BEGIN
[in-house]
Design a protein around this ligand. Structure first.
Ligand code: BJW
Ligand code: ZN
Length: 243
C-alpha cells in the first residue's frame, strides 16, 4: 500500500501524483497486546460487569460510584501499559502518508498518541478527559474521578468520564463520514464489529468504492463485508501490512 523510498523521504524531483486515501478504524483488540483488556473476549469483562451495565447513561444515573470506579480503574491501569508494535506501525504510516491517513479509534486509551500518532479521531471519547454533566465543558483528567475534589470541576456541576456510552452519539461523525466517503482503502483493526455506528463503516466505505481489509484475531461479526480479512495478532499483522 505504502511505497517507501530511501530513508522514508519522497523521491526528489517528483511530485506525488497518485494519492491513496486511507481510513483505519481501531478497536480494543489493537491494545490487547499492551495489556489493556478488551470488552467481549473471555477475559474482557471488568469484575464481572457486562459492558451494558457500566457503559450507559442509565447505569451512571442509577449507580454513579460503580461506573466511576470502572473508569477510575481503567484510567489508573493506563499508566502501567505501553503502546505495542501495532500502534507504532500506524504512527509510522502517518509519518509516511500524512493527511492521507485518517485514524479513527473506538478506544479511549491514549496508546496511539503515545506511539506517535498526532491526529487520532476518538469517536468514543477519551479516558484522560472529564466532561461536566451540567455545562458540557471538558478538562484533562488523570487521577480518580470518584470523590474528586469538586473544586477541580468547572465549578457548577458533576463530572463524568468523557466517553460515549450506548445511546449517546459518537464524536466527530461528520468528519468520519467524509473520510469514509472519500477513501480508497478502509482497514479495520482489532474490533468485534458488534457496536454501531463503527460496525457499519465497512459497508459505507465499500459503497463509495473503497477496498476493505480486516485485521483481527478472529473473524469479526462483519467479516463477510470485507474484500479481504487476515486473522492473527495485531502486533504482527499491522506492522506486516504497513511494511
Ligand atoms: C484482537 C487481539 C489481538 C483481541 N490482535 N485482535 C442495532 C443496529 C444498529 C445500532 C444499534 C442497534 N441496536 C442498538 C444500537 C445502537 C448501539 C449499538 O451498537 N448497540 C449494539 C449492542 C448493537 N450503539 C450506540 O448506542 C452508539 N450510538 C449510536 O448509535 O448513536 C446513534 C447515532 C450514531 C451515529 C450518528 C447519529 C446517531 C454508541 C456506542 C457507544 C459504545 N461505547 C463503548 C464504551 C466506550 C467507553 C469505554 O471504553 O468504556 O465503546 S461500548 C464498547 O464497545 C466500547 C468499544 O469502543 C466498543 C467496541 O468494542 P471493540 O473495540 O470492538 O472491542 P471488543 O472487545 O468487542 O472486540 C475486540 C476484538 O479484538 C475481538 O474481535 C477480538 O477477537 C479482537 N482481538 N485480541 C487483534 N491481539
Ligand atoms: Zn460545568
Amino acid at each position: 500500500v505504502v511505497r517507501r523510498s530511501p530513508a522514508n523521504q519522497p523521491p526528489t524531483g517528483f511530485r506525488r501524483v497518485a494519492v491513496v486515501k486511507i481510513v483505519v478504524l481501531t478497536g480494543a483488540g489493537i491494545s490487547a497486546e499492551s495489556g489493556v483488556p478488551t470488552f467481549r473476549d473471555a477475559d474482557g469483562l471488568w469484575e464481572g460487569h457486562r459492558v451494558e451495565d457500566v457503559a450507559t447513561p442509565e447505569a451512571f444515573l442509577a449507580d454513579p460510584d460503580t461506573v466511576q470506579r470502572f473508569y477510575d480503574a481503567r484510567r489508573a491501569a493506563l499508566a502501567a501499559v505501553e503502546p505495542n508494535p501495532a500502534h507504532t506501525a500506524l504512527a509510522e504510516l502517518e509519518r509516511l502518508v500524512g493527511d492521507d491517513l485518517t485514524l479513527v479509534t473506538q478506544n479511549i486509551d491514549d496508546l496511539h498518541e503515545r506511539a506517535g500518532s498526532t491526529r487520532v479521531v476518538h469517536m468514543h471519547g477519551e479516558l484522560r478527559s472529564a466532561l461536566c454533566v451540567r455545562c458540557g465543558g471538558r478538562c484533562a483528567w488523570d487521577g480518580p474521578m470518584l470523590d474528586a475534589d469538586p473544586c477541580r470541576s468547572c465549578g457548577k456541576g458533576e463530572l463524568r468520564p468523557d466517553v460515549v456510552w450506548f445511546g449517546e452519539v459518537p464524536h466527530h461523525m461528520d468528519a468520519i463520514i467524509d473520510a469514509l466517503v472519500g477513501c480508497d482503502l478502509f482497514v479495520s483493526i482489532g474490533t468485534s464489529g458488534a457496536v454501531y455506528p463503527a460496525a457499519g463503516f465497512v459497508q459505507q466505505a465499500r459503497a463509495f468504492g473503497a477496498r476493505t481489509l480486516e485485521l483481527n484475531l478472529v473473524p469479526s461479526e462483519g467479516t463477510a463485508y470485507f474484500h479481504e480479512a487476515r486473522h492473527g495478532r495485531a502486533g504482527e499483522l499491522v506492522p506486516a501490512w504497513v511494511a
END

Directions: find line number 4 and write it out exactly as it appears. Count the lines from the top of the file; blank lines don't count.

Ligand code: ZN